Origamic Architecture


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Origamic Architecture

  1. 1. Digitally signed by Dr. Dr. Yasser Mahgoub DN: CN = Dr. Yasser Mahgoub, C = KW, O = Origamic Architecture Yasser Kuwait University, OU = Dept. of Architecture By: Dr. Yasser Mahgoub Mahgoub Date: 2010.05.12 14:06:48 +03'00' What is Origamic Architecture? Origamic Architecture (also known as origami architecture) is a paper-craft form which combines the careful folding of origami, the detailed cutting, and the precise paper engineering of pop-ups. Unlike traditional pop-ups, these paper models are usually cut and folded from one sheet of paper. They can be folded flat for storage or mailing in conventional envelopes, but when they're unfolded magic happens as each card pops up into an amazing and delightful 3-dimensional structure. Some models are meant to be viewed open at a 180° or 360° angle and, a few, at 0° (these are actually overlapping collages), but most origamic architecture cards are designed to be displayed open at a 90° angle. Origami architecture (OA) is the art of making a pop-up card by cutting and folding paper. It transforms 3D object to 2D pattern and back to 3D object again. It was invented by a Japanese architecture professor, Masahiro Chatani, in 1980. The first origami architecture card he designed was a new year card for his friends. Later on he used origami architecture to make architecture and its related issues appealing to the general public. His works have been exhibited at The Museum of Modern Art (MoMA), New York. Origami architecture is more than cutting and folding business. It sharpens the discipline and logical thinking. It sharpens the ability to discern the ESSENCE of things and beauty. It speaks the same philosophy as minimalist and Zen interior. And it is an art that rejoices in the extraordinary beauty of ordinary humble material, paper, in wonderful play of light and shadow. Getting Started in Origamic Architecture There are two basic tools you must have: an X-acto (or craft) knife and a ruler with a metal edge to cut against. A self-healing cutting mat to cut on is recommend, but thick cardboard or some old catalogs will work fine. You'll also want some "low-tack" tape to adhere the pattern to your cardstock while you're transferring the design, preferably 3M's Post-it® 1"-wide Correction Tape, but drafting tape or masking tape with some of the tack removed are other good options. You can use a pattern from a book or come up with your own design. And you can utilize a variety of papers as long as they're stiff enough to be able to hold the shape of the model once it's constructed. I recommend using at least 80 lb coverstock in 8.5"x11" sheets. Watercolor papers in the 90-140 lb range work well and have a nice textured finish. On some models, use a very stiff 100 lb Strathmore bristol board in 20 sheet pads of 9"x12". This paper is thick and somewhat difficult to work with, so I recommend getting some practice on lighter weight papers first.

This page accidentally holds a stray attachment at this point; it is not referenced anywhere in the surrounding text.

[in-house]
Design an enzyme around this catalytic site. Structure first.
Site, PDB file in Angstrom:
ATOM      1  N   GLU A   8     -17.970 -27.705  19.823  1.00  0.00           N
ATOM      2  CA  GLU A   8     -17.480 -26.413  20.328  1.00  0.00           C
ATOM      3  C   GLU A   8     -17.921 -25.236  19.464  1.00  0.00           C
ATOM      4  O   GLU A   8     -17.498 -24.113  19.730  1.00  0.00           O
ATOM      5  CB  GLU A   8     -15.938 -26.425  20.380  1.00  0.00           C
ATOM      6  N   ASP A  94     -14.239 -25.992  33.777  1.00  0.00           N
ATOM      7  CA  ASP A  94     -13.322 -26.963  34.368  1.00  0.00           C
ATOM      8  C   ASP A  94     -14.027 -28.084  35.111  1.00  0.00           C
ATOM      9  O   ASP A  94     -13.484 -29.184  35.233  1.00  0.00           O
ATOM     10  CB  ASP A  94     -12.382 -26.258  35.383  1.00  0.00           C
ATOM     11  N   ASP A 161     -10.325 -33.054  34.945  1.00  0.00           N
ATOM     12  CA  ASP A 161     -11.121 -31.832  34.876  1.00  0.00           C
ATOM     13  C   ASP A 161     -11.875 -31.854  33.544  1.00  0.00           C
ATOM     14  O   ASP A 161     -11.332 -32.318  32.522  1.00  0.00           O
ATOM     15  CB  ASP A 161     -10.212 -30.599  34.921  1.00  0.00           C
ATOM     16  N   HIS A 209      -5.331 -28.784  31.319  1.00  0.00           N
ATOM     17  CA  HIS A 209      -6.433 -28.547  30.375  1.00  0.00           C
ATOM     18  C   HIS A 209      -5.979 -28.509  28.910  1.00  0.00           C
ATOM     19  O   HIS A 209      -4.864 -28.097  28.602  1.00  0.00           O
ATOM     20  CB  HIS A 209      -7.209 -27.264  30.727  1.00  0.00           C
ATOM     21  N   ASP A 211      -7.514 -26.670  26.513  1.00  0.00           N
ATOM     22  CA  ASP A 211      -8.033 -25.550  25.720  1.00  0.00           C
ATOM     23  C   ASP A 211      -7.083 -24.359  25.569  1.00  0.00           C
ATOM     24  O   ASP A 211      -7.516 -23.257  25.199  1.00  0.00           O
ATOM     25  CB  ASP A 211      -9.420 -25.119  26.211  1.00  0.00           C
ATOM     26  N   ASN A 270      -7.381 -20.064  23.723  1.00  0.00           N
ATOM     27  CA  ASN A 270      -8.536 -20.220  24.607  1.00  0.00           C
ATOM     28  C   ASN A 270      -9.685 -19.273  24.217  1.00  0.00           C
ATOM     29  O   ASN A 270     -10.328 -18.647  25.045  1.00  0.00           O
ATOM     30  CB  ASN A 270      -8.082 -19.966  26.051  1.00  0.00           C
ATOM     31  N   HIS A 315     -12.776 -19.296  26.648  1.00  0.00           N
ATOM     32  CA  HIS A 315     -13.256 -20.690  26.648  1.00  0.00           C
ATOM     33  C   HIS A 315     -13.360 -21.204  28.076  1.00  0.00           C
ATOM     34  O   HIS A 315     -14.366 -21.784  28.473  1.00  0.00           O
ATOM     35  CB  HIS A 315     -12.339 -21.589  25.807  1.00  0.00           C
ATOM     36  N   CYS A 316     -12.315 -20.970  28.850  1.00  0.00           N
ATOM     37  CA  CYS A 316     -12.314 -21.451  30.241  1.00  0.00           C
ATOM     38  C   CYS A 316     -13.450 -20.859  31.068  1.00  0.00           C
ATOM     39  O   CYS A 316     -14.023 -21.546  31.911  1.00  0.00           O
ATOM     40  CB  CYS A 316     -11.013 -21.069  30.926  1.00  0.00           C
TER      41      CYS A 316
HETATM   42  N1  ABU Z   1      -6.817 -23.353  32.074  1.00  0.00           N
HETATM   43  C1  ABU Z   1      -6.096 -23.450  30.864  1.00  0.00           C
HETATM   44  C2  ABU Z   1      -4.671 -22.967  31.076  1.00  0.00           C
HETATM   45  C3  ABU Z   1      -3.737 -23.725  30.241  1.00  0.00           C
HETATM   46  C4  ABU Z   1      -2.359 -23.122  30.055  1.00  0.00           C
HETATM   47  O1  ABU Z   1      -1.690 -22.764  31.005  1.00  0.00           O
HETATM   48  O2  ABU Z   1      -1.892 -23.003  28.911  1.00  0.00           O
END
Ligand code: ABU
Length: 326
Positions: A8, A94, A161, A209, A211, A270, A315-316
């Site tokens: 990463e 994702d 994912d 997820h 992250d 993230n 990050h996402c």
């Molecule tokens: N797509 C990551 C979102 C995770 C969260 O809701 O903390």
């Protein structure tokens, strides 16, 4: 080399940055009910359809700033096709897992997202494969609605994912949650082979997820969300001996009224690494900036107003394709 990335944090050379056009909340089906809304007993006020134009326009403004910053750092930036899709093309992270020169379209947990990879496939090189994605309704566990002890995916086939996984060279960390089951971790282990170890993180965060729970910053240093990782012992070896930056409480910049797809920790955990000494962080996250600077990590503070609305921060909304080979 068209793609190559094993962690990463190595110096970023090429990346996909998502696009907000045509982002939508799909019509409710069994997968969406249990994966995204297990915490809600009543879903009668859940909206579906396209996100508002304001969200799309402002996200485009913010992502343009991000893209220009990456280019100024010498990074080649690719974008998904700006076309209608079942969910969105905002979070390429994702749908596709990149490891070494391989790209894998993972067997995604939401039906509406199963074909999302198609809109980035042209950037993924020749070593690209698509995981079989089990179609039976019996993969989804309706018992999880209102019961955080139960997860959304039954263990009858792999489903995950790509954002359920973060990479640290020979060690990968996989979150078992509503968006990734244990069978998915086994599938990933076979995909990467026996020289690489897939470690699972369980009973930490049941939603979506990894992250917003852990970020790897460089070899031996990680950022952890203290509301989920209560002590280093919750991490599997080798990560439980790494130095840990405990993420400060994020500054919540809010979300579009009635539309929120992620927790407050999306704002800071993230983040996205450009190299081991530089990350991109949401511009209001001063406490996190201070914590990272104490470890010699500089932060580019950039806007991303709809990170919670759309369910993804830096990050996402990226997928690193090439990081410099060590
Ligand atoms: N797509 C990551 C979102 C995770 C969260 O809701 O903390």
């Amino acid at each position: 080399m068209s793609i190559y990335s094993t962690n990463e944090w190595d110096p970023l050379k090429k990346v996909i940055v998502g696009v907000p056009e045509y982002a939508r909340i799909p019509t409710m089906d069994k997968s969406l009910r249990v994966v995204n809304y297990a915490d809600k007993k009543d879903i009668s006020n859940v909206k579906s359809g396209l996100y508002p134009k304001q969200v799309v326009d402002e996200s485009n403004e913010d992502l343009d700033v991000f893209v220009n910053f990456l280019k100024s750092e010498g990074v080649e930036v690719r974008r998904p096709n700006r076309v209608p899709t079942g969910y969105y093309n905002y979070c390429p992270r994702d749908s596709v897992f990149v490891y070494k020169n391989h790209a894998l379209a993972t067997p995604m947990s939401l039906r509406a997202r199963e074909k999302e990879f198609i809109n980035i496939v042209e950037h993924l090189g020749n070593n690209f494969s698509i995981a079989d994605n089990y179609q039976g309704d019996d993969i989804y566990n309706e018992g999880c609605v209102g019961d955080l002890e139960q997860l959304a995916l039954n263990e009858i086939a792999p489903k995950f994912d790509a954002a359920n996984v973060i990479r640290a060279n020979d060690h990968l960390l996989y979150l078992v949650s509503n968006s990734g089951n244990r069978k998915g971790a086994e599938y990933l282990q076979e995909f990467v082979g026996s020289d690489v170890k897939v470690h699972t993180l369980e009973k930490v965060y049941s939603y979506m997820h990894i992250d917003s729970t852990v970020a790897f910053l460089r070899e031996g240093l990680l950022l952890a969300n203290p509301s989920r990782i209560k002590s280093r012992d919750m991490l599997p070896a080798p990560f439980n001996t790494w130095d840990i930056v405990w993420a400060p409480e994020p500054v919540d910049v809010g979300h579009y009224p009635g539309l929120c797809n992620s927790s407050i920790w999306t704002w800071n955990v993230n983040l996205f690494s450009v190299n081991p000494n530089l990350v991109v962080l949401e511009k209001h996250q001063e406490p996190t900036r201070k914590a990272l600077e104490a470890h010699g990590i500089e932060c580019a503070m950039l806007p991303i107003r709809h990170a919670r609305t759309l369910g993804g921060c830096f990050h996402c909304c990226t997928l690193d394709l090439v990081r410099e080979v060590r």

2. 2. Tools and materials 1.Pattern sheet 2.Kent paper 3.Cutter Knife 4.Cutting mat 5.Ruler: Use a hard plastic or a steel ruler 6.Drafting tape: It's a kind of Scotch tape which adhesive force is weaken. Then it can be peeled off easily. 7.Stylus pen (Substitute for Compasses or Pins) If you don't have stylus pen, you can use compasses or pins for substitutes. You use them to mark points on the paper and draw folding lines. 8.Tweezers: They are used to fold the delicate part easily. You don't have to have them. Assembly process 1. Fix the pattern sheet Put the drawing and kent paper together and fix them temporarily by taping (drafting tape) at the four corners. 2. Mark with a stylus pen Mark the key contact points for folding and cutting lines on the patterns. Trace the curves strongly so that the patterns may be copied. 3. Cut the lines Remove the drawing and cut the lines traced by the stylus pen. Use a cutter knife. Be careful not to cut folding lines.
  3. 3. 4. Run the folding line For easy folding, run the stylus pen or cutter knife with almost half way deep on the sheet along the folding lines. Work on the ridge folding lines from the top side, on the other hand, the valley, from the back side of the sheet. Be sure to use a ruler for precise application of the stylus pen or cutter knife. 5. Fold carefully Put both hands on both sides of the sheet and fold carefully to make the ridges and valleys exactly as instructed, starting with the finely patterned area in the center. 6. Fold into two Lastly, fold into two and press. 7. Open it 90 degree Notice Relax yourself when you cut. There often may be added too much strength, when you are cutting delicate part carefully. You don't need so much strength to cut a piece of paper. Please relax yourself, and make it. Pay attention to use edged tools. Be careful not to hurt yourself when you use the cutter knife or stylus pen. If you finished using them, it is necessary for you to put them a safe place.
  4. 4. Examples:
  5. 5. Origami Architecture NTT Makuhari Building KITZ and Kitazawa Museum JUSCO Headquarters Building/ EAON Tower Tokyo GAS Makuhari AC Center
  6. 6. Robot FA Center Utase Elementary school PATIOS 1st Ave. condominium
  7. 7. Practice Assignments Cutting line Ridge fold line Valley fold line Cube Side Steps Front Steps
  8. 8. Cave Bridge Maze
  9. 9. Array Stepped Pyramid ARCH.
  10. 10. Work of Kuwait Students
  11. 11. Architectural Landmarks from Kuwait